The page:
Tag Archives: weather

My Concert Catastrophe-How to Survive Live Concerts

By Anahi Terrazas

Edited by Natalie Grace Sipula

[4.5 minute read]

Prior to the onset of the Covid-19 pandemic, concert-going was one of my favorite pastimes. I’ve been to multiple concerts over the past couple of years (my favorite arguably being the One Direction concert). One of my favorite artists is also Harry Styles, so you can imagine my excitement when I learned that he would be performing during Super Bowl weekend in Miami.

As soon as I heard he would be performing in Miami, I bought tickets—mind you, I didn’t know anyone that I could go to the concert with, so I messaged a girl that I had met at the Women’s March and added on Instagram weeks prior to the concert. It turned out that she was also going to be attending the concert and didn’t have anyone to go with, so we made a plan to meet up at the venue. The concert was approximately a 40-50 minute drive from where I was attending school prior to transferring to USC.

The concert was at 8 pm, but it was open seating, so to get a good seat you had to arrive early. I got there promptly at 5 am the day of the concert. I had driven from Parkland, Florida to Miami. The venue was built specifically for Super Bowl weekend and it was basically on an island that did not have any parking, so in order to arrive you had to park somewhere in downtown Miami and Uber to the venue (this is an important detail for later). I very excitedly arrived at Miami and by around 6:15 am I was standing in line with my friend from the Women’s March.

Standing in line outside the venue at around 6:30 am

While waiting in line, everything was seemingly normal; we made friends with the girls in line with us and chatted about how excited we were. However, when the clock hit 7:30 pm and we still weren’t allowed into the venue, I started to question what was happening. We were eventually led into the venue at around 8:30 pm, and though I was incredibly tired because I had been awake since 4 am, the rush of being able to see Harry Styles perform kept me from getting too impatient. Mark Ronson, a DJ, was the first opening act and by around 10:30 pm, Lizzo, the second opening act, started performing.

My view of the stage once inside the venue

Though I had been to many concerts before, I had never experienced the main act starting so late. After Lizzo’s performance, time passed and there was still no sign of Harry Styles getting on stage. At this point everyone in the pit started to get dehydrated because we had been standing so long without water. People started to ask security for water and question why it was almost midnight and Harry Styles had yet to perform.

View from the pit

Nevertheless, the people around me and I kept our hopes up because it was Harry Styles’ birthday the next day, so we assumed that he was waiting until midnight to perform in order to celebrate his birthday. In fact, once the clock hit 12 am fans started to sing “Happy Birthday” when suddenly, the screen in front of us flashed a message saying that the concert was canceled due to extreme weather and that we had to be evacuated.

Announcement telling concert-goers we needed to evacuate
Continue reading My Concert Catastrophe-How to Survive Live Concerts

Gloom and Doom Hits Los Angeles: Resources to Help Uplift Your Spirits

By Rebecca Hu

With the continuation of winter weather (the ever so rare Los Angeles rain and cloudy skies), midterm season incoming, and the drastic changes occurring within our own government, some of us have been feeling a little bit down in the dumps. What was once meaningful activities seem to lose their meaning, the people around you grow distant, and sometimes your outlook on your day refuses to be optimistic. Whether it is because of the winter blues or midterm stress, here are my favorite resources that I use to help uplift my spirits.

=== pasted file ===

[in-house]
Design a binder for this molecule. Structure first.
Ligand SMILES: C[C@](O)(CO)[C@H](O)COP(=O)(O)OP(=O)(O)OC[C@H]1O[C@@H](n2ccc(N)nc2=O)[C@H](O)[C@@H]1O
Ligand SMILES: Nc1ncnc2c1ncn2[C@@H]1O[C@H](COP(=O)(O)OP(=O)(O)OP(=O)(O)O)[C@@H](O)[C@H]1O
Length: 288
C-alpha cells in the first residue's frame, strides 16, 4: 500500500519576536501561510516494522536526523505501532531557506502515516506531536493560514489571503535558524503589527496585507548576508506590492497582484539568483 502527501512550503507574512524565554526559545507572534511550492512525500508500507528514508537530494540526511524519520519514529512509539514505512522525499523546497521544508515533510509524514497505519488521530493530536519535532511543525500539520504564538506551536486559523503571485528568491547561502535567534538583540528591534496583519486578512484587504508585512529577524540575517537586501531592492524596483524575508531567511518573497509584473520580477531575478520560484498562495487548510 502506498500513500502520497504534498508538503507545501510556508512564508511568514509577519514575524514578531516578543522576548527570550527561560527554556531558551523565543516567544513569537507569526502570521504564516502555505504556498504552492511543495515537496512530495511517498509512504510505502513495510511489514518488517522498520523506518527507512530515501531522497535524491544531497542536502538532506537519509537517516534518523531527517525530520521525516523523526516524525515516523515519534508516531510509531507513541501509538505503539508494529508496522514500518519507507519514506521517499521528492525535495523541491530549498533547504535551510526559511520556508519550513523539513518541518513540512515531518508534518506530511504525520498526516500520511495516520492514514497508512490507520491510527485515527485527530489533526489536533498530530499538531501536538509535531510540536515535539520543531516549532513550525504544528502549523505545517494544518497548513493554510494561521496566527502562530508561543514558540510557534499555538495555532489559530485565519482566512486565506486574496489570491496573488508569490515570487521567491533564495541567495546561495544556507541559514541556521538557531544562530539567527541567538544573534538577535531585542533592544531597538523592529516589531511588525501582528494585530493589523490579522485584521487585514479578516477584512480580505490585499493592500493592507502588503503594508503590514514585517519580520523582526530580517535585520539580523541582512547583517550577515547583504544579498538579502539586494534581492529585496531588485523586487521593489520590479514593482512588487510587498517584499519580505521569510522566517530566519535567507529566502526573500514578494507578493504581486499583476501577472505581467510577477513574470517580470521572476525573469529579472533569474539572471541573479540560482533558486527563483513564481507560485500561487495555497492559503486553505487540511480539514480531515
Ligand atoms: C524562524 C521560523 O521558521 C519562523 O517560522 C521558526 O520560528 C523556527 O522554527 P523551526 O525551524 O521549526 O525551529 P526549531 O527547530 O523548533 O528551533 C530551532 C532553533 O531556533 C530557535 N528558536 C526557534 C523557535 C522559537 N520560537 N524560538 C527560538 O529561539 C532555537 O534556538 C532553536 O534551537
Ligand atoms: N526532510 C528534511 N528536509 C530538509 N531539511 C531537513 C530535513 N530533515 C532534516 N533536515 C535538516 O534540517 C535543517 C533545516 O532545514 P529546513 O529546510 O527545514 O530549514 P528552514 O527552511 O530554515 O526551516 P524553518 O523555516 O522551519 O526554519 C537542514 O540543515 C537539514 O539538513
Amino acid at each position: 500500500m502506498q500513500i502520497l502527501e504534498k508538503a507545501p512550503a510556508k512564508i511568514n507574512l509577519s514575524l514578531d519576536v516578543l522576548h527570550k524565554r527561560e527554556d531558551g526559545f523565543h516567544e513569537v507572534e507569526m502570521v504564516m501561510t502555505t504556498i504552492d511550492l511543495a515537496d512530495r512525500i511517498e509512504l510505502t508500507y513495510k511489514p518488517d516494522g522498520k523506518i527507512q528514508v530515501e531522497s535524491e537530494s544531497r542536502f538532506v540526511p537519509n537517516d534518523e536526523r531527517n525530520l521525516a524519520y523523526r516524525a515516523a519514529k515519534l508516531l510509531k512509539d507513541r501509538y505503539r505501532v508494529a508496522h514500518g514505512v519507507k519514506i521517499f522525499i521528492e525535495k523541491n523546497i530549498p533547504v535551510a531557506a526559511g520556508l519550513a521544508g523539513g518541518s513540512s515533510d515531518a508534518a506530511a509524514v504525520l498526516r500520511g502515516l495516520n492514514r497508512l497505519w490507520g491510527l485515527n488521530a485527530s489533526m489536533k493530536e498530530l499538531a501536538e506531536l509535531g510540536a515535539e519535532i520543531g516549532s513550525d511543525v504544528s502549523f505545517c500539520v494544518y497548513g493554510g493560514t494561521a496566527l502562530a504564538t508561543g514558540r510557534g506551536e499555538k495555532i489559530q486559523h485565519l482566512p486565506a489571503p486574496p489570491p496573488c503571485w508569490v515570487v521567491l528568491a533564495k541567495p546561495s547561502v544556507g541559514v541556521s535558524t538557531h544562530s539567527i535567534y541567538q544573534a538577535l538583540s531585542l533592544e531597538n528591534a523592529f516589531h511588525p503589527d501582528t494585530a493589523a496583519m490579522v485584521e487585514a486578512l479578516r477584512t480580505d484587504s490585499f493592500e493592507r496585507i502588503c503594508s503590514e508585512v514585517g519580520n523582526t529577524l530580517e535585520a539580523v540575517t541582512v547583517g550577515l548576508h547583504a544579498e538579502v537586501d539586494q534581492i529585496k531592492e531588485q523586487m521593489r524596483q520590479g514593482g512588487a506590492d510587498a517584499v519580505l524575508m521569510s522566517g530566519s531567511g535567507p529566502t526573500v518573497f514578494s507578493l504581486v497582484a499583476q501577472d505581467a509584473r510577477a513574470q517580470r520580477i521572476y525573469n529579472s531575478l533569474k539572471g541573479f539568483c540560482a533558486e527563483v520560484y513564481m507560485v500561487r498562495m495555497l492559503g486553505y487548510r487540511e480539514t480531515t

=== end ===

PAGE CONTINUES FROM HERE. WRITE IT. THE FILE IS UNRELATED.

One of the easiest go-to’s for me are the people around me. As those around us become busier, I often feel more distanced from our peers and it becomes more difficult to reach out to them. However, this is the first step. A little bit of this is accepting that it is okay to reach out for help, although I acknowledge how difficult this often can be. Another aspect is to know who to reach out to and that it is okay if some do not respond well, because there will always be someone willing to listen. Whether I call my best friend from home, my family, or even reach out to a fellow classmate, it is often nice just to be able to rant to someone and have someone just listen. I try to gauge either who will be patient and is available to listen to me or perhaps, who I know can relate to my problem and can provide me with advice. Even if it is about something as miniscule as the weather or a serious personal topic, I always feel better post this cathartic rant and reinforcing the feelings of community by reaching out to others.

Sometimes, however, it is easier to talk to those who I am not close to and perhaps, professionals. Therefore, I utilize the Engemann Student Health Center at USC and the counseling services that they offer. (Their website for this is: https://engemannshc.usc.edu/counseling/) Whether it is mindfulness training, individual therapy, or a more serious crisis support, they have a plethora of resources to offer students. Most of these services are free (up to a certain point) and work easily with USC Health Insurance! Specifically, in the Office for Wellness and Health Promotion, they have free Yoga and Mindfulness classes that are free and require no registration! Moreover, we have our very own USC Therapy Dog, named Beau.

Continue reading Gloom and Doom Hits Los Angeles: Resources to Help Uplift Your Spirits